Wednesday, September 25, 2019
Arrr, Mustache Baby!, written by Bridget Heos, reviewed by Klaudia Janek
Summary: The book is about the adventures Baby Billy and Baby Javier, two babies born with a mustache and a beard, respectively. “Baby Billy was born with a mustache. Baby Javier was born with a beard. Usually, they were fine young gentlemen.” Most of the story is set at a pool, or the “seven seas” as seen through the eyes of our protagonists. Our protagonists are do-gooders, and act as the heroes of the seas doing good deeds such as fighting sea monsters. They served many roles, such as fishermen, navy sailors, and submarine scientists. Eventually, they find out pirates have stolen and hidden treasure, and our heroes set to find it. They find the treasure and give it back to the citizens. However, the pirates find them and start attacking Billy and Javier. In their moment of weakness, they become bad guys! They pillage the loot back from the pirates, but now they want more. They start raiding the people they once saved. They get caught by their parents, and are put in cells (aka playpens). They start regretting their actions and remember when they helped the people. Once they realized what they did wrong, they leave jail. They swabbed the decks and make peace with the other pirates, Captain Kid and Short John Silver. They became good friends, however it is revealed that they occasionally engage in pirate behavior.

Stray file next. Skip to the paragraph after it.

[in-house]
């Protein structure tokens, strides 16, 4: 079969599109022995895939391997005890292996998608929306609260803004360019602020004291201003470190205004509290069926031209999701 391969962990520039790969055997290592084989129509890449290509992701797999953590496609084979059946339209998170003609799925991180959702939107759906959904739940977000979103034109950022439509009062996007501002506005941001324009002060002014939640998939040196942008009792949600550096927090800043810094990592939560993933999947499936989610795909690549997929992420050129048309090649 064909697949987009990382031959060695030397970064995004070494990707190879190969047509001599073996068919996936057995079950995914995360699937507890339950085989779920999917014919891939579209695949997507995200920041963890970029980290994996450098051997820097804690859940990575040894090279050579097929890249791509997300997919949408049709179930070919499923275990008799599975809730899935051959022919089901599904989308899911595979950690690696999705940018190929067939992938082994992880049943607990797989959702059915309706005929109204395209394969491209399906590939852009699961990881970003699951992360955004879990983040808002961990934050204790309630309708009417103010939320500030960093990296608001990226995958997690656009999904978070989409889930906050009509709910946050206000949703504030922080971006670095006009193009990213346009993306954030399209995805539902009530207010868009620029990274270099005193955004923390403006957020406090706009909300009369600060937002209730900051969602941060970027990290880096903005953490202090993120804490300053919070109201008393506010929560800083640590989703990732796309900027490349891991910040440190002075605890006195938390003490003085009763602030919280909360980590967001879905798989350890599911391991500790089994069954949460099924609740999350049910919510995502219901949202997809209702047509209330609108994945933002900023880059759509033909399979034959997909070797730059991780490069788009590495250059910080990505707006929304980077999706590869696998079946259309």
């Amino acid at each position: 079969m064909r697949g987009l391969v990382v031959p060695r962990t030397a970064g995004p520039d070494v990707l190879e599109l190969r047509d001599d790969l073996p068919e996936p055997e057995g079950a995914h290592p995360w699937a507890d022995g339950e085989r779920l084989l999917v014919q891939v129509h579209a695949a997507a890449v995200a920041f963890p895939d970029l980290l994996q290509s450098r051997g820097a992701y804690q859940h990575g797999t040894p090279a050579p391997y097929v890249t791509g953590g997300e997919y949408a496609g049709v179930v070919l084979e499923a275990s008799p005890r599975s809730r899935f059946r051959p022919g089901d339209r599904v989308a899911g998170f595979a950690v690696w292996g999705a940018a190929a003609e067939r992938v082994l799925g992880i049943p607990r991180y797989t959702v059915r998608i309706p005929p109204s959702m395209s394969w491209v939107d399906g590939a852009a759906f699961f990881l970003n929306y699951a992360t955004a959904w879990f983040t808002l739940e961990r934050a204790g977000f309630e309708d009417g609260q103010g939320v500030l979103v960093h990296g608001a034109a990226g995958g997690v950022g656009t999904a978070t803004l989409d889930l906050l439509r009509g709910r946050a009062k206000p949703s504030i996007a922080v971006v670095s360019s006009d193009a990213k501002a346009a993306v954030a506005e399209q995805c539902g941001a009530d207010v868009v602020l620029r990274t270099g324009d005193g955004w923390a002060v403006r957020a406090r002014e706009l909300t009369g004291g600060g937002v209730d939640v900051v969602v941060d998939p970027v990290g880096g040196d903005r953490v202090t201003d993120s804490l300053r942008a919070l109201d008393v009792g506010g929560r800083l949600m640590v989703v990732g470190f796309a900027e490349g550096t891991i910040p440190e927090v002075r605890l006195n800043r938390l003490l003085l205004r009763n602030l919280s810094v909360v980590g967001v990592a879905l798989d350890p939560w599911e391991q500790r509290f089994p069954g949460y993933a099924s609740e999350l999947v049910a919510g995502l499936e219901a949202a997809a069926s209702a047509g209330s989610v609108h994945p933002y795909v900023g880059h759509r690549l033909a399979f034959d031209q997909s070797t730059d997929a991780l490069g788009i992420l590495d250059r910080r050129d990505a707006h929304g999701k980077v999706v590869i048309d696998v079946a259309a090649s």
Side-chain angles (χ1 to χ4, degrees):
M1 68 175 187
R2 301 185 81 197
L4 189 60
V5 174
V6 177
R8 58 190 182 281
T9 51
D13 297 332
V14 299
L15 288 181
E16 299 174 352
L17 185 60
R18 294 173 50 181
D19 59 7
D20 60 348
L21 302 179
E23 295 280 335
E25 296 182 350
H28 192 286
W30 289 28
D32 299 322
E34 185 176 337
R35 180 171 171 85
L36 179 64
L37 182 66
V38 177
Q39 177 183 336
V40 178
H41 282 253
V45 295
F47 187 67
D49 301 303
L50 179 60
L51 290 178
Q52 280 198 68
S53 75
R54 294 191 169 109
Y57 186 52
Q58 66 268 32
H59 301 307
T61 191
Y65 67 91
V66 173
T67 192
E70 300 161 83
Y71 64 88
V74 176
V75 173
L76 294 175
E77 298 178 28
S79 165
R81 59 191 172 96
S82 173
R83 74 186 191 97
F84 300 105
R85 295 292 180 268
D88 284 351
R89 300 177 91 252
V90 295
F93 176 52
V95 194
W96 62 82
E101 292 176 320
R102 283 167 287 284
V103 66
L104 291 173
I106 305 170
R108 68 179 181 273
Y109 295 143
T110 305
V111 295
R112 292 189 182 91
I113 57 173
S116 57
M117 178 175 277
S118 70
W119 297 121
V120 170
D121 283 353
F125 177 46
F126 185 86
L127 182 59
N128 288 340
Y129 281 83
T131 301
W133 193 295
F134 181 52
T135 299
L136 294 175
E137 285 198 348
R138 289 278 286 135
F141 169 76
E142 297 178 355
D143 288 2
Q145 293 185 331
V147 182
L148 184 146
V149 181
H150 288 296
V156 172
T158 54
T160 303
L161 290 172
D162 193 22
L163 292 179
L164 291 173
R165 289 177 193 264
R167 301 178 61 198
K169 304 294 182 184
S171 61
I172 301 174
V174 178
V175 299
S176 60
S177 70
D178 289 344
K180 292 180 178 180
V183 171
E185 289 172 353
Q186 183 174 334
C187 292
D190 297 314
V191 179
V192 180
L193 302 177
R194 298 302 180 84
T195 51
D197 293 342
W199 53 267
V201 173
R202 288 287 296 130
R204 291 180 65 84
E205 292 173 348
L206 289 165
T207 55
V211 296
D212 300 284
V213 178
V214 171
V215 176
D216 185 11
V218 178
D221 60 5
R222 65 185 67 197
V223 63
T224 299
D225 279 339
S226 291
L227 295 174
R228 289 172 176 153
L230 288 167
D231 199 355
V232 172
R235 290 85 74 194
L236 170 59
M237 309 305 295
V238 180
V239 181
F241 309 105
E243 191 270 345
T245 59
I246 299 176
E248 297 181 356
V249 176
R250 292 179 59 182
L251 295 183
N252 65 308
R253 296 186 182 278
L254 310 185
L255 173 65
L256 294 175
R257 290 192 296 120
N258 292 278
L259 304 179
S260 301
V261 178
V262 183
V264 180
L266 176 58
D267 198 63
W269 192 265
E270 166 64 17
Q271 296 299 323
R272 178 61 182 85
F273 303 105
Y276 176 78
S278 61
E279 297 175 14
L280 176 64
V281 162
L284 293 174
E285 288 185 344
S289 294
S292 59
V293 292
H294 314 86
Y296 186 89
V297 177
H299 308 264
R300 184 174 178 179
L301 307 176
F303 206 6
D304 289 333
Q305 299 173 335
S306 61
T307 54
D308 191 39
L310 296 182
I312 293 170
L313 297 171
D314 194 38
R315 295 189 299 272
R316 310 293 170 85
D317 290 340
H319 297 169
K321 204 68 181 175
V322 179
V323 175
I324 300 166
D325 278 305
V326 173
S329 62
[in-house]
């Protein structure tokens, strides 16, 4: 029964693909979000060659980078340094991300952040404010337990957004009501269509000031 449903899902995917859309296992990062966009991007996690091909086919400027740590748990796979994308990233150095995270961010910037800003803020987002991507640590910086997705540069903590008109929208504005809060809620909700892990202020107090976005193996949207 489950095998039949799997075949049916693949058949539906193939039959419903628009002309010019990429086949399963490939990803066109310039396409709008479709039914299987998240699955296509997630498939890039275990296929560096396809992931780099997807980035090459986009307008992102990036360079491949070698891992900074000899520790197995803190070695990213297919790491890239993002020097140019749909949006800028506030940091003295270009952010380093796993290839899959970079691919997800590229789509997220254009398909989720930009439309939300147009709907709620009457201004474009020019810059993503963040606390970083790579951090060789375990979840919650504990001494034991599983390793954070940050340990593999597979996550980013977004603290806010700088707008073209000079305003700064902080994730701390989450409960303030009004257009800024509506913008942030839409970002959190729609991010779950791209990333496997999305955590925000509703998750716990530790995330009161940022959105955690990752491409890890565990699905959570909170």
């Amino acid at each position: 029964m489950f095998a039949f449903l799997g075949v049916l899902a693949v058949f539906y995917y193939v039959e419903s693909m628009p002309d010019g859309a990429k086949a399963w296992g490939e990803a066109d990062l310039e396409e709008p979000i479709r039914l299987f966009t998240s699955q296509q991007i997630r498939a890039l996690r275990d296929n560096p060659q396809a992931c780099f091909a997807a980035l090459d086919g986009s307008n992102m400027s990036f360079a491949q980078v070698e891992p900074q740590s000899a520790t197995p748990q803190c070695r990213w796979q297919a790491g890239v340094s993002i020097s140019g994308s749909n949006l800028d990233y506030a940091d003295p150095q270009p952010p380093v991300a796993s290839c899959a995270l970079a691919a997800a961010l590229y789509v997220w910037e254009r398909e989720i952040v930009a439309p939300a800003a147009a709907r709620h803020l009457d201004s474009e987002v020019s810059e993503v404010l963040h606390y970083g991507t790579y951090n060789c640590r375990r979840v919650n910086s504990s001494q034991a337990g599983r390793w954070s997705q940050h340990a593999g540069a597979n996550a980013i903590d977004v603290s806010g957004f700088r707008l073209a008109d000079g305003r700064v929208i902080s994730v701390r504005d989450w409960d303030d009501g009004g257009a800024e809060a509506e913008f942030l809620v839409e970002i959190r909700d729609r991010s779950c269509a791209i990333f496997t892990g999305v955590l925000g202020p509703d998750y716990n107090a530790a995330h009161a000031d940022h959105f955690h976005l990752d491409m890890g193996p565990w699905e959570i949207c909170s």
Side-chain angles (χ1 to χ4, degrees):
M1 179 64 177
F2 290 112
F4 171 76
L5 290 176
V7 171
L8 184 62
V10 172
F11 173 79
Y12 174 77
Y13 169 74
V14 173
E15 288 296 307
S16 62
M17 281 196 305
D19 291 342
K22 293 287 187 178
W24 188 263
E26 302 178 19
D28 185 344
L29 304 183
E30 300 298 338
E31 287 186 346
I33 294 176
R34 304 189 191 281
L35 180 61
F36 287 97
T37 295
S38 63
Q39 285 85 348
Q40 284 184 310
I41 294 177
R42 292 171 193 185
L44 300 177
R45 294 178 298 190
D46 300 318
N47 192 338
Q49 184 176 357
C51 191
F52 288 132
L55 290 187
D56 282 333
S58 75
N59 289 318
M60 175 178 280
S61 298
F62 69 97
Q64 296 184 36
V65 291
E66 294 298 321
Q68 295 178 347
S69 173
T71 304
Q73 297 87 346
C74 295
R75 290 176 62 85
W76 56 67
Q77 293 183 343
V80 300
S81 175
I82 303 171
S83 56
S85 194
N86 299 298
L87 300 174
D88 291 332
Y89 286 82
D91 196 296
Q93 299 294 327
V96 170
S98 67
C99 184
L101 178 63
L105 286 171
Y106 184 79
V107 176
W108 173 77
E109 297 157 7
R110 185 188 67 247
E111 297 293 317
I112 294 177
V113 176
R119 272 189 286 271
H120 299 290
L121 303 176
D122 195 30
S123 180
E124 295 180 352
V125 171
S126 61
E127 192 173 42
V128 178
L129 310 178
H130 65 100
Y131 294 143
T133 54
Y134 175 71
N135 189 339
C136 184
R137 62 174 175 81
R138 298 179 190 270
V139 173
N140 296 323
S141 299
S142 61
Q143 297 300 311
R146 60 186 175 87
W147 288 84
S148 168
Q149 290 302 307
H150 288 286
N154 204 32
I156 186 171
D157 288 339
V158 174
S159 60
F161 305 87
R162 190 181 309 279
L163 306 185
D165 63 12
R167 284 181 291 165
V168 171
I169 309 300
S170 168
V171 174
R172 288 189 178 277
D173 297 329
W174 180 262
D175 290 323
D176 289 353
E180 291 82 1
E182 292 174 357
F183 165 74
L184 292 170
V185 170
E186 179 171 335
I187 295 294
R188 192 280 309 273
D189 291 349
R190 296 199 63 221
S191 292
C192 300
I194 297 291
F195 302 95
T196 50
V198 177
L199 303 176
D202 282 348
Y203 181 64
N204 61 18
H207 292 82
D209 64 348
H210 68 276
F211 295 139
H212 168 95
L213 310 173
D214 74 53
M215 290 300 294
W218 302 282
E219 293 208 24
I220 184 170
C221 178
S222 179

Straight Talk for Librarians: This book is really good for both emerging readers and their parents. Adults might have to explain quotes like, “Make that a dual duel! En garde!” The book cover is really appealing to young readers as it shows Billy as a pirate in a confident pose. Readers will really be able to relate to this story. Sometimes, they don’t want to act good. Especially when the circumstances come to it, they will act bad. However, the book teaches them that this is not good, and they learn to feel empathy for others and feel guilt for their actions. There’s also a lesson for parents at the end, with the reveal that sometimes they indulge in “pirate-like” activities. This teaches them that when kids act good most of the time, sometimes it’s okay for them to act out. The illustrations are very bright and vibrant, and gives a playful tone to most of the book, other than the parts where they are in jail, the colors are dulled down. The book is a fun, lighthearted pirate adventure that has a lesson for both emerging readers, and parents. It’s a great book for a pirate display. Perfect for “Talk Like a Pirate Day” and adventure stories. There is humor on every page, especially if you consider the idea of facial hair on babies.